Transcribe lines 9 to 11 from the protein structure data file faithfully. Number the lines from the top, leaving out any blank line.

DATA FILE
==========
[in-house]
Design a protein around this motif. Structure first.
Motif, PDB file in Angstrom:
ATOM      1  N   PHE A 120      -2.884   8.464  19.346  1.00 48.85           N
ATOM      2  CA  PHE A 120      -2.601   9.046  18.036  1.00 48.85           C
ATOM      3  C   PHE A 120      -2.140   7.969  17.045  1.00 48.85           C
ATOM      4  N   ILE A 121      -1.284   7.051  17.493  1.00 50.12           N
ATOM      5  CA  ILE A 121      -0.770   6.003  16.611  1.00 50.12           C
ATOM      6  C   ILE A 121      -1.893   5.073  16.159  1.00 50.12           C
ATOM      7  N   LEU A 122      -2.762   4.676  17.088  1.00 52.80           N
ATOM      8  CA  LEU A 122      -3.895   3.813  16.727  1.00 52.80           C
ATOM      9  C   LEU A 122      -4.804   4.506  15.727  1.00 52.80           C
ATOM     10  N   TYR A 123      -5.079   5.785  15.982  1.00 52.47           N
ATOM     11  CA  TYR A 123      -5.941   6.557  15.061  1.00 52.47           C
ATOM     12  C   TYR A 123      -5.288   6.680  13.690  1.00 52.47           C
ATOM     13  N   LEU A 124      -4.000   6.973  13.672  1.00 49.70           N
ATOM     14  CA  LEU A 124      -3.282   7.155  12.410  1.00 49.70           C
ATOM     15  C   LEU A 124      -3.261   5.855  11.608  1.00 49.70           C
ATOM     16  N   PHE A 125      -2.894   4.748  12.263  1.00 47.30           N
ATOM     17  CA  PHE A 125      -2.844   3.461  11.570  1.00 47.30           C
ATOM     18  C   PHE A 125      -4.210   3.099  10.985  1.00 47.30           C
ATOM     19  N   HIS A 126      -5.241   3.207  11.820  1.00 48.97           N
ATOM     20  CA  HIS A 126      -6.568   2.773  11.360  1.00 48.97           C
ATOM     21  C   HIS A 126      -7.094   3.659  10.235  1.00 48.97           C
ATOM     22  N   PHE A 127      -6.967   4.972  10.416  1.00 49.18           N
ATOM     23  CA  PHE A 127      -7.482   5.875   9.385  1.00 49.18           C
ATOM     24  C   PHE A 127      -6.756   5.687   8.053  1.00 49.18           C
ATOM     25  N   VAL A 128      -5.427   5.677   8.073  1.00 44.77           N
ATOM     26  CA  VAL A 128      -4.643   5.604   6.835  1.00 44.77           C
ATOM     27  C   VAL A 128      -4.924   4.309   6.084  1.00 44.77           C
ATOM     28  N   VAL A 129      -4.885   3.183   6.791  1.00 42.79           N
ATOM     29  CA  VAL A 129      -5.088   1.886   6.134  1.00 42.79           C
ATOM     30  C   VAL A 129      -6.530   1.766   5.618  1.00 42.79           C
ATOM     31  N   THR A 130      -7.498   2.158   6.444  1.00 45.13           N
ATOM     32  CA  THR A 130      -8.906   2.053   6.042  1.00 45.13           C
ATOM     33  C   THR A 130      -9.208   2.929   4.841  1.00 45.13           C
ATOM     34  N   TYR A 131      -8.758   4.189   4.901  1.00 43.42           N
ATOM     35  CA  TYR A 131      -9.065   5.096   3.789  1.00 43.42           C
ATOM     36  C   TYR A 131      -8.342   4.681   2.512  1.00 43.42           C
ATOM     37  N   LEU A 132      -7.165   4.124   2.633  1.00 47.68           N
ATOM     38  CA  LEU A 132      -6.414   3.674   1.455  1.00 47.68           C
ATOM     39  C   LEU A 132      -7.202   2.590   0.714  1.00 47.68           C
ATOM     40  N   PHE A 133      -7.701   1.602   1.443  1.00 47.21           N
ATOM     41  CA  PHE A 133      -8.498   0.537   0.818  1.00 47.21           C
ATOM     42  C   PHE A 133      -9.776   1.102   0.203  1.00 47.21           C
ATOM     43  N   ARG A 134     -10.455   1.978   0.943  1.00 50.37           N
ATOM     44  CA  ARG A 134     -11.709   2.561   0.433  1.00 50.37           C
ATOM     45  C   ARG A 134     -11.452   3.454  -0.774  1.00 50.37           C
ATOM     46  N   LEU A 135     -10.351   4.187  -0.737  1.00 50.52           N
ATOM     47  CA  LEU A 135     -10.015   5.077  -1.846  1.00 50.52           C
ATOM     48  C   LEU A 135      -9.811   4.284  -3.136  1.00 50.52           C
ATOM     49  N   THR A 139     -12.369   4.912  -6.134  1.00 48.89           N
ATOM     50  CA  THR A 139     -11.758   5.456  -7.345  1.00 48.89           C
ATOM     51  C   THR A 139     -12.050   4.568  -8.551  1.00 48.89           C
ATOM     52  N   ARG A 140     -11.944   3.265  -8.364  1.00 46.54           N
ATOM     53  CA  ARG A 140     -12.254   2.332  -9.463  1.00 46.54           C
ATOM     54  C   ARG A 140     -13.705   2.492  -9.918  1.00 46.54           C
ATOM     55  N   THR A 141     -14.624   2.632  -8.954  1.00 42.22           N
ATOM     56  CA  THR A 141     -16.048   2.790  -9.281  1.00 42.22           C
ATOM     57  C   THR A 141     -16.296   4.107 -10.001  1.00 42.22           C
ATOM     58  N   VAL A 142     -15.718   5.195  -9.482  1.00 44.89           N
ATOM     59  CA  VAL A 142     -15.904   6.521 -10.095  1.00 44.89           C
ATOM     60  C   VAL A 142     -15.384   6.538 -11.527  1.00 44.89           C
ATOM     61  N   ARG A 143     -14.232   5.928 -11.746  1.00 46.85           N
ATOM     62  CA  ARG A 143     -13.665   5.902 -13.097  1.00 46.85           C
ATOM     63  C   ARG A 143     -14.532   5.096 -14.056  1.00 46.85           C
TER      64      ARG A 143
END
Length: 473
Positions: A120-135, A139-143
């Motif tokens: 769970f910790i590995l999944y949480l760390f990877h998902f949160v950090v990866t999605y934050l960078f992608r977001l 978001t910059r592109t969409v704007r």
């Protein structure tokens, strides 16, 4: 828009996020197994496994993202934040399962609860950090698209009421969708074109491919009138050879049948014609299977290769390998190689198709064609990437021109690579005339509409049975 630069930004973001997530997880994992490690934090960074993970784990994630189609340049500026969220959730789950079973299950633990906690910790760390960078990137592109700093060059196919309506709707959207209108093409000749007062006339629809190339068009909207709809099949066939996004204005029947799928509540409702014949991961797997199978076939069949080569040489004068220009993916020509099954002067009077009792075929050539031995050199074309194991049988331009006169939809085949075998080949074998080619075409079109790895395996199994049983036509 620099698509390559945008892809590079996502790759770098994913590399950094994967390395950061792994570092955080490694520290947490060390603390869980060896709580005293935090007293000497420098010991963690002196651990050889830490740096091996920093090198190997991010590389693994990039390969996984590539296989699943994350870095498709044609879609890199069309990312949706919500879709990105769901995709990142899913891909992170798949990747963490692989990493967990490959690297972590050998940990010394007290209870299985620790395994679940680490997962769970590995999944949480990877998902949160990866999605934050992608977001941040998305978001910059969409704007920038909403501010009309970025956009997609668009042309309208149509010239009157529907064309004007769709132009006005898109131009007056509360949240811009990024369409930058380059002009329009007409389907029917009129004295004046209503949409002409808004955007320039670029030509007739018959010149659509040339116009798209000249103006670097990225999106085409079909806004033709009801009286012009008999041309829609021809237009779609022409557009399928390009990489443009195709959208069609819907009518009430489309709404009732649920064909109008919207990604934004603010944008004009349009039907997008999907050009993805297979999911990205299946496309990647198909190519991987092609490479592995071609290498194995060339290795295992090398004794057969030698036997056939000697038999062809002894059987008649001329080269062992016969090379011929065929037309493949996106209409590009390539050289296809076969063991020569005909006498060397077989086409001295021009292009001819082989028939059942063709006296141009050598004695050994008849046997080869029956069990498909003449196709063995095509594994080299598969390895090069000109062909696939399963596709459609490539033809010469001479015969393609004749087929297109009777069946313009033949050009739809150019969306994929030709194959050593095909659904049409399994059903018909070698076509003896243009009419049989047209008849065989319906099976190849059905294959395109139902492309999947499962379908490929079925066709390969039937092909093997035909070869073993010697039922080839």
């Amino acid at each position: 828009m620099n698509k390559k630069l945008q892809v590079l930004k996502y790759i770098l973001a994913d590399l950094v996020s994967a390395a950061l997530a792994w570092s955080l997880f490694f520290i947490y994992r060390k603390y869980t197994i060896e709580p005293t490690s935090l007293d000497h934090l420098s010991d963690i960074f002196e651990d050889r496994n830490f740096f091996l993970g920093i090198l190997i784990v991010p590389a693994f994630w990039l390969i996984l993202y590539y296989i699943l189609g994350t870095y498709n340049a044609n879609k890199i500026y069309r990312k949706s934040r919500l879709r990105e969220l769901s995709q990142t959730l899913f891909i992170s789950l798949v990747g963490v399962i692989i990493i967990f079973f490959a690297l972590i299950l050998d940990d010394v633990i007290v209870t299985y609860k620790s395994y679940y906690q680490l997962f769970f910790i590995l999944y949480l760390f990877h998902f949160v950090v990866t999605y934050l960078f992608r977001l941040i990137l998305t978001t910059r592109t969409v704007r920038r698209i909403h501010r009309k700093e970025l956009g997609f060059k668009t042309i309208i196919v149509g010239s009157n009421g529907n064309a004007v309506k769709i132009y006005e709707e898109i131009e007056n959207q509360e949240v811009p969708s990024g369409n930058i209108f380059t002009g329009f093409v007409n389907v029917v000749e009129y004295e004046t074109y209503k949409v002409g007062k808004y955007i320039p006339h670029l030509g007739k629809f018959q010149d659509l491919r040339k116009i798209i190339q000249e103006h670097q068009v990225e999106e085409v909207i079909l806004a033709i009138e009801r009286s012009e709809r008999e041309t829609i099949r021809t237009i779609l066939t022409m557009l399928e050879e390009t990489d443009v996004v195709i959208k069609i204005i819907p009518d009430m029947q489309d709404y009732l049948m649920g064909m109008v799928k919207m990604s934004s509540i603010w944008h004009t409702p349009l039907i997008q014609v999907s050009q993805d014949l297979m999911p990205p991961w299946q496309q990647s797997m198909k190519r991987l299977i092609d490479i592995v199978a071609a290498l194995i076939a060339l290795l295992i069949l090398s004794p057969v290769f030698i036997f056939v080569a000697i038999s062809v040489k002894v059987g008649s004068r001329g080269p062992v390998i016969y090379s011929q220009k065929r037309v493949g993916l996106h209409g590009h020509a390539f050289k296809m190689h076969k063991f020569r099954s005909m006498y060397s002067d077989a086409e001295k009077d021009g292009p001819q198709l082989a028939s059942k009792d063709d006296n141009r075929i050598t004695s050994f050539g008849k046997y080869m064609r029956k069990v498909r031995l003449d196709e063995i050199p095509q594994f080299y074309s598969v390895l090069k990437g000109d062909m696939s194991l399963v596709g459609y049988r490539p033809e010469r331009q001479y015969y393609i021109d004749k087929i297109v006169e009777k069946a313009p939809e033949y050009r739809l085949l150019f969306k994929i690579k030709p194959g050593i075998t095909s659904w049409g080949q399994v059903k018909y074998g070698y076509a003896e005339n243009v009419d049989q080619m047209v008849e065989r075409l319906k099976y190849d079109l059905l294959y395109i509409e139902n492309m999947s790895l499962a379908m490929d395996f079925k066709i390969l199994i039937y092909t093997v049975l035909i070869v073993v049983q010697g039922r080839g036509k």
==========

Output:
ATOM      6  C   ILE A 121      -1.893   5.073  16.159  1.00 50.12           C
ATOM      7  N   LEU A 122      -2.762   4.676  17.088  1.00 52.80           N
ATOM      8  CA  LEU A 122      -3.895   3.813  16.727  1.00 52.80           C